"It's good for you and baby" – fitness guru and mum-of-two Orla Hopkins on exercising when pregnant 6 months ago

"It's good for you and baby" – fitness guru and mum-of-two Orla Hopkins on exercising when pregnant

Being a busy mum-of-two, running her own business and teaching choreography and dance too, it is safe to say that fitness guru Orla Hopkins has a lot of balls in the air at any given time.

This weekend, Hopkins is taking part in a panel discussion to raise money for The Rotunda Hospital, and is so delighted to be able to chat to mums and mums-to-be about the importance of exercise in pregnancy and how to get back into your exercise routine again after the baby comes along, a topic the fitness-loving mum feels very passionate about.

"I cannot stress enough how important it is to keep active and fit during pregnancy, and the huge difference it will make to not only your overall feeling of wellness and strength, but also – you are preparing your body for what's to come next – labour and recovery," Hopkins explains.

"Giving birth is a big job, and the stronger and healthier you are going into it, well, then chances are, the easier your delivery and also recovery will be."

" I got some funny looks, but was quick to explains myself"

Hopkins, who is mum to 9-year-old Noa and 2-year-old Hunter, explains that she kept working out for her whole second pregnancy, but that she did so also listening to her own body and making some adjustments to her normal workout routine.

"It was very important to me to keep training when pregnan, not only for myself and that feel good factor, but also to keep myself and the baby healthy. It helps with the strain of the bump by keeping up the strength in my lower back and legs. And it also helps prepare the body for birth and for the post natal recovery."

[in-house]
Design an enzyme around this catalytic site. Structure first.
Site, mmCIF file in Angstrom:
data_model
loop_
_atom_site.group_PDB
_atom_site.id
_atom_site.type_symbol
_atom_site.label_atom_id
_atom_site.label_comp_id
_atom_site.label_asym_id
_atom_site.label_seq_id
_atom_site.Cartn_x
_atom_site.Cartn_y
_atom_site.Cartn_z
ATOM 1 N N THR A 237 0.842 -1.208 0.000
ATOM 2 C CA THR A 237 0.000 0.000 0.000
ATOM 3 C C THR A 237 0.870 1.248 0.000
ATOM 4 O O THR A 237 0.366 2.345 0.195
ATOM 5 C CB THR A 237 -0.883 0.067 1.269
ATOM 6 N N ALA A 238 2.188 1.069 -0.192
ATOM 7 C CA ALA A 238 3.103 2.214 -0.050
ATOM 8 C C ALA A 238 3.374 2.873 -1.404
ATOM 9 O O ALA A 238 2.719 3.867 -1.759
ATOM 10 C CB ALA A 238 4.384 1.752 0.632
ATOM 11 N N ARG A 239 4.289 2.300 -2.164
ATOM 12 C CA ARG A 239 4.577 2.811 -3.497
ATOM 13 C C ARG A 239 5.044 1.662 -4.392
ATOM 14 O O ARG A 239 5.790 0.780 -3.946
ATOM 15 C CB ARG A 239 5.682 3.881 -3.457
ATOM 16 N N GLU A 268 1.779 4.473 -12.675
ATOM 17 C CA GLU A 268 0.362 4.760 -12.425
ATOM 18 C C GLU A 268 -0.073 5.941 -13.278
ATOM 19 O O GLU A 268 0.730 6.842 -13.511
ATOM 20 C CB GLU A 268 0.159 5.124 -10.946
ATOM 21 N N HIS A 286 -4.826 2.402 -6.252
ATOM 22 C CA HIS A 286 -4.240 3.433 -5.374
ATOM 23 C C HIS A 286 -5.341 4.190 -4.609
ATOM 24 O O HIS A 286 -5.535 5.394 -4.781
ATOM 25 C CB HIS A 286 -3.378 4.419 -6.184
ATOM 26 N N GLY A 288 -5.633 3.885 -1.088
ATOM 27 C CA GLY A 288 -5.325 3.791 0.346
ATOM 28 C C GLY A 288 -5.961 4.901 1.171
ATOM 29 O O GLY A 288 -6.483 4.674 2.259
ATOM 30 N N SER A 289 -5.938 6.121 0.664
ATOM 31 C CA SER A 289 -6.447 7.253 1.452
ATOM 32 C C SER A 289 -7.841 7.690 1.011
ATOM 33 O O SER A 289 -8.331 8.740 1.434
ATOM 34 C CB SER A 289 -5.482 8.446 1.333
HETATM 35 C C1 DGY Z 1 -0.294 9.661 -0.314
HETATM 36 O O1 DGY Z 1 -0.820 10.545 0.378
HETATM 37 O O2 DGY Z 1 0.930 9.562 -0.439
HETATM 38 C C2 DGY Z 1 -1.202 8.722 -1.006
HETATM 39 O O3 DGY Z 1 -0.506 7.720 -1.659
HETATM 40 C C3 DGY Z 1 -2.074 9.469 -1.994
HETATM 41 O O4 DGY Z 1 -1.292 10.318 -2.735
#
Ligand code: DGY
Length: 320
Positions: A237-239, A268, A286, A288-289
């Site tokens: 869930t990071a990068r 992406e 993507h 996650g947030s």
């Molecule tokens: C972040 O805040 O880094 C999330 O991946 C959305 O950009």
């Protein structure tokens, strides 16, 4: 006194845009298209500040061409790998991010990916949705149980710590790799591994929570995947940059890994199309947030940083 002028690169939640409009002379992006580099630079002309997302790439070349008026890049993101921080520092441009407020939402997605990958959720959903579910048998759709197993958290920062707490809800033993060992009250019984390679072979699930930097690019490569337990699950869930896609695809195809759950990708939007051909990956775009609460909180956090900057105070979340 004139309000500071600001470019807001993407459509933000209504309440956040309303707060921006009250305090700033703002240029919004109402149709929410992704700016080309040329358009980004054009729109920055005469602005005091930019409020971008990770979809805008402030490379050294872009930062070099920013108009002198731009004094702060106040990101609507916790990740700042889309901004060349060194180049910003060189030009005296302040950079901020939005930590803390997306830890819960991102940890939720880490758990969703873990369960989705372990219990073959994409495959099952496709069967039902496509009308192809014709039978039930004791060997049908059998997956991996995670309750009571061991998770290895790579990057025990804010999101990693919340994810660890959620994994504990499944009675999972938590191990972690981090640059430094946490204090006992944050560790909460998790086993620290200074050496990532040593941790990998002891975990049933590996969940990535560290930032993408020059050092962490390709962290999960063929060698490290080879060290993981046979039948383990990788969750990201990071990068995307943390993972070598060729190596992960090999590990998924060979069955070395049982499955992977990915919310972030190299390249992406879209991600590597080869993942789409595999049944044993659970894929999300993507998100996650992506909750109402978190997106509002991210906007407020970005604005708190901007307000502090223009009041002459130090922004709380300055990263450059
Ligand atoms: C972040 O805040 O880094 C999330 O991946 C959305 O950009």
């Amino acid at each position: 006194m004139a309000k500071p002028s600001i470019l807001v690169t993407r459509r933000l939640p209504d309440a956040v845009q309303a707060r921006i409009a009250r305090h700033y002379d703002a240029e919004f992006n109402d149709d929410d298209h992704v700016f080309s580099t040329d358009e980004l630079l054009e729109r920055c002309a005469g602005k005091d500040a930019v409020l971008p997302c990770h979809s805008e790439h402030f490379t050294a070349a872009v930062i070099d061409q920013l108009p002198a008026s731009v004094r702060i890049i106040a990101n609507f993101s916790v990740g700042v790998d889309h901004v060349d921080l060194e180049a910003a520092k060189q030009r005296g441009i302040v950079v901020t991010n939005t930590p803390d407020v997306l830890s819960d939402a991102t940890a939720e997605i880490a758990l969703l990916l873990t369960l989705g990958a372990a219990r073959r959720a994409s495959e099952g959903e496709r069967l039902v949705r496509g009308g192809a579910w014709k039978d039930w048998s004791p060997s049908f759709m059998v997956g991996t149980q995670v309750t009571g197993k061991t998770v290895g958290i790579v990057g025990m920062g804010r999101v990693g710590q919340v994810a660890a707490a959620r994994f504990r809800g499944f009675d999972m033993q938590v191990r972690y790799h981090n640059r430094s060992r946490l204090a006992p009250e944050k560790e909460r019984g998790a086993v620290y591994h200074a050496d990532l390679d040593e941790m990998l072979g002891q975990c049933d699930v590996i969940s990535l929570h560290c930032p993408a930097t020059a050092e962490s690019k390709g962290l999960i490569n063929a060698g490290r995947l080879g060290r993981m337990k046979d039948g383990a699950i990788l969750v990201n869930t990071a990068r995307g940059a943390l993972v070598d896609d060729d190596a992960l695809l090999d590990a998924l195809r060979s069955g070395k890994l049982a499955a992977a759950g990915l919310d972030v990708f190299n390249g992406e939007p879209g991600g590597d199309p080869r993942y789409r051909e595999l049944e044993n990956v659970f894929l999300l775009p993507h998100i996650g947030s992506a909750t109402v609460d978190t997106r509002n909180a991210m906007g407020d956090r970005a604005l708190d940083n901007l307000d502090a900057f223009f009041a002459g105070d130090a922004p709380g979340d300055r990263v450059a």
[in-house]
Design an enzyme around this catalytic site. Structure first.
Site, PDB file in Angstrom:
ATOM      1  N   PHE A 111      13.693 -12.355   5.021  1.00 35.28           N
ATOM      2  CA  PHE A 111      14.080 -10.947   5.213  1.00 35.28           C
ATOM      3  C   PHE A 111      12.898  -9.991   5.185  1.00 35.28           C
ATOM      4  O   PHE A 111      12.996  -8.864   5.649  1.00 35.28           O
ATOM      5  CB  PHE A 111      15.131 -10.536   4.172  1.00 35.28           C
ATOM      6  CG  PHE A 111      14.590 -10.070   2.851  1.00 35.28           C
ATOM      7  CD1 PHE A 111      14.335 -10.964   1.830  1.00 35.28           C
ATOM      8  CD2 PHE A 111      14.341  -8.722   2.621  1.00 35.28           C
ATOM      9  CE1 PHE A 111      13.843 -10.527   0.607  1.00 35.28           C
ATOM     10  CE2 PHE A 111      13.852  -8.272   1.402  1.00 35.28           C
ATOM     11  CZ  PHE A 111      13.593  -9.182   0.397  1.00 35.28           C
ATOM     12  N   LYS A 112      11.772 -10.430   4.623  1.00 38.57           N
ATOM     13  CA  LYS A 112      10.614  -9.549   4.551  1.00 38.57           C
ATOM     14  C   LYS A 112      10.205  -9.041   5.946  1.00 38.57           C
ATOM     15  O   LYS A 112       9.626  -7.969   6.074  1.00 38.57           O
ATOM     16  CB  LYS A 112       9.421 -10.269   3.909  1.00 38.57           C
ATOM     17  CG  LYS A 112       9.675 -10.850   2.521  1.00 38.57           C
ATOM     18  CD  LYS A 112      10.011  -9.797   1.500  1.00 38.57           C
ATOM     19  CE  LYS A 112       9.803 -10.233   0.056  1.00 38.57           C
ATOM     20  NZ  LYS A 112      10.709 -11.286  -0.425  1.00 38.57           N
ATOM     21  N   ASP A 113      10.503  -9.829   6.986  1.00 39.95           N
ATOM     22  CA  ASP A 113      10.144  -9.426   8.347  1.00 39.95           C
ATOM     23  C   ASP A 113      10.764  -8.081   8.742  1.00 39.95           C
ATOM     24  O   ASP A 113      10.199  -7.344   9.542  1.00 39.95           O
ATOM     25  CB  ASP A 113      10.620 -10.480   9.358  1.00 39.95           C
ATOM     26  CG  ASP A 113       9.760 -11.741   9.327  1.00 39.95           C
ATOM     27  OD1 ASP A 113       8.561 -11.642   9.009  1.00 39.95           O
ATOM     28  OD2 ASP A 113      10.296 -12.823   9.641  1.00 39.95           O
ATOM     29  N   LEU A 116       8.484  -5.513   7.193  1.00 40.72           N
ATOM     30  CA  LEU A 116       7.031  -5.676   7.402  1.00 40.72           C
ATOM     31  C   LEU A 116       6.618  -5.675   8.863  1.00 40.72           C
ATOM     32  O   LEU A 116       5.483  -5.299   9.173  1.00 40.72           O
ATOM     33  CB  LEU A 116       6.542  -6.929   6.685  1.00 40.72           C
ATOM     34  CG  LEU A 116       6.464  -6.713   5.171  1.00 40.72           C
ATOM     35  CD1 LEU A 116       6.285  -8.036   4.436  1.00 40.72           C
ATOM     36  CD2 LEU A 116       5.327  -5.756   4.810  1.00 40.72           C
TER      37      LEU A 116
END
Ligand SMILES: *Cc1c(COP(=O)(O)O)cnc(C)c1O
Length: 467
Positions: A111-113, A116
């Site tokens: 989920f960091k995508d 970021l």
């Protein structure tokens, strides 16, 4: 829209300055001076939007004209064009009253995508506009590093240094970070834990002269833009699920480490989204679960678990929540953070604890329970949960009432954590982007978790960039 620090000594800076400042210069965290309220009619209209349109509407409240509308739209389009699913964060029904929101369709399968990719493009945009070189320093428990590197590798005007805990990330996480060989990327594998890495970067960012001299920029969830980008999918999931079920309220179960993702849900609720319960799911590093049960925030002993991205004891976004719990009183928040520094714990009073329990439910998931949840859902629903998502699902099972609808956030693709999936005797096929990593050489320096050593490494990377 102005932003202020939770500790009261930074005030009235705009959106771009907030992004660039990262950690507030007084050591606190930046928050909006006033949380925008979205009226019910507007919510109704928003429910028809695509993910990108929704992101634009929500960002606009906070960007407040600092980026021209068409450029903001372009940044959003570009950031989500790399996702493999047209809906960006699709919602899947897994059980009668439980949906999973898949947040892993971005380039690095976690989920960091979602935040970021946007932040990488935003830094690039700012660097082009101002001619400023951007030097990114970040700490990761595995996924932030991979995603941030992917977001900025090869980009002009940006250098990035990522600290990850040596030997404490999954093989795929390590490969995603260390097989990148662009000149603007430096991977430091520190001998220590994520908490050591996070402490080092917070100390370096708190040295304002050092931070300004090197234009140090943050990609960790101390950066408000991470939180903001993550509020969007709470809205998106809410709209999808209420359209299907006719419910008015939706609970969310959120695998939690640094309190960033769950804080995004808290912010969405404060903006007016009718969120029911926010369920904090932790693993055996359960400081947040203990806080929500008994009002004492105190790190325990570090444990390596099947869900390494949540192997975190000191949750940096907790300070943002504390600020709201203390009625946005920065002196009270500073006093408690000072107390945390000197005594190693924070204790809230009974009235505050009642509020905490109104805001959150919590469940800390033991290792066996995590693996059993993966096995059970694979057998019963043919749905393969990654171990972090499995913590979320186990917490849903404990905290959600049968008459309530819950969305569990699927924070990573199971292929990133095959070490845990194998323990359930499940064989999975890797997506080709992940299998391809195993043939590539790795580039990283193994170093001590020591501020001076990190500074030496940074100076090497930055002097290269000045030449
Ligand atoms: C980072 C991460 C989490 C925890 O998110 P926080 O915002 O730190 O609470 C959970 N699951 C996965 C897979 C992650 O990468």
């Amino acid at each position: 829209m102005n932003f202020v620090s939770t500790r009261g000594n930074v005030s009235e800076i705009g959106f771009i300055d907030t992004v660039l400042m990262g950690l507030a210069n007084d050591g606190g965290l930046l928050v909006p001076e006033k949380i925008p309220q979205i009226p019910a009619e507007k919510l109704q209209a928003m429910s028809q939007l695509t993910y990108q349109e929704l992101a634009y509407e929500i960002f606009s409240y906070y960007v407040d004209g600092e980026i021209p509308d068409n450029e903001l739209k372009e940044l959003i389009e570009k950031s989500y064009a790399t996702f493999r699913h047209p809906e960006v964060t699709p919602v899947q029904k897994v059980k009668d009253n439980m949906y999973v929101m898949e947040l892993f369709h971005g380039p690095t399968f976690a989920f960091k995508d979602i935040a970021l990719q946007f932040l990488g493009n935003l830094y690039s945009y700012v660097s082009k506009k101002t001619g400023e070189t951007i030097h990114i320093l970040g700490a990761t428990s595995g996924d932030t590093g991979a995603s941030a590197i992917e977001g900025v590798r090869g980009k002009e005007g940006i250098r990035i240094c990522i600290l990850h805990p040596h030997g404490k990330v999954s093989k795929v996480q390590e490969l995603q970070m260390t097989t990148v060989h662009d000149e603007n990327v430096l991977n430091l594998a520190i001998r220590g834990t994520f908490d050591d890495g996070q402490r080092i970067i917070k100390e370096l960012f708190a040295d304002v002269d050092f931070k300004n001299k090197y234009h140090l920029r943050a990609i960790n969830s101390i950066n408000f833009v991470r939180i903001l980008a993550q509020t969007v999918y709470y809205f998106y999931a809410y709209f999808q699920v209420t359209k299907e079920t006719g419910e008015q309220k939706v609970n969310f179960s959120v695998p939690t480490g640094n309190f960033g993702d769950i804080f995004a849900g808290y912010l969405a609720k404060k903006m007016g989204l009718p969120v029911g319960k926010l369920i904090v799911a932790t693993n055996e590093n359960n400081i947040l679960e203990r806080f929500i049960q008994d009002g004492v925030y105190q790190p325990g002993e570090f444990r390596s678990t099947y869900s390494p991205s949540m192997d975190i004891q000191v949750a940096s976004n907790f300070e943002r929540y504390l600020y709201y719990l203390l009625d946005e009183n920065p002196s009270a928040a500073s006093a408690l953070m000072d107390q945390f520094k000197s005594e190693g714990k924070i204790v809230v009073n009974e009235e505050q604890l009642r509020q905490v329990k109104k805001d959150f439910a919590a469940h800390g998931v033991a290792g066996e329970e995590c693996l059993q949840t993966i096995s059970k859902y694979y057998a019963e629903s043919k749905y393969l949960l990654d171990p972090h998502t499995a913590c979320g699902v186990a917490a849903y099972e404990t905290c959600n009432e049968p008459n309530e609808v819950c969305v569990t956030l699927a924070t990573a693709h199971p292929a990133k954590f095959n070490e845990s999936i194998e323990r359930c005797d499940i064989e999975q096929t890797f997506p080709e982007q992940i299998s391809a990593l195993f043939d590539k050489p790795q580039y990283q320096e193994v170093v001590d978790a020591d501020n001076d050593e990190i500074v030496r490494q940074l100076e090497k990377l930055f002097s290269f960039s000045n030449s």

However, the fitness loving mum explains that she did get some looks and whispers on a few occasions when in the gym working out, visibly pregnant.

"I think people just assumed it was for my own vanity – as in 'look at her, more concerned about her weight and figure than her baby's safety and comfort,'" says Hopkins.

"But actually, instead of ignoring it, I would stop what I was doing and explain why I was working out, and how benefitial it actually is – both to me, but also, maybe even more importantly, to the baby. It gets your blood flowing, which also boosts blood flow to the placenta, and many studies have shown that exercising in pregnancy has multiple benefits for your baby – even long after they are born."

For most part, Hopkins explains, people were genuinely interested to hear what she had to say, and were sometimes surprised to hear her explains how you really can – and should – keep working out for the duration of your pregnancy, as long as your healthcare professional says you are good to go.

"When I was pregnant, I got full clearance from my consultant to keep doing what I was doing in moderation. He trusted me to listen to my body and take each session with caution and consideration, which I did."

As for how she worked out during her pregnancy, Hopkins explains that she did a mix of things, including circuit style sessions using a fitball, resistance bands or kettle bells.

"But it's important to listen to your body. Always listen to your body, especially when pregnant. What this meant to me was that some days my workouts were only ten minutes and other days 45 minutes, all depending on how I felt that day."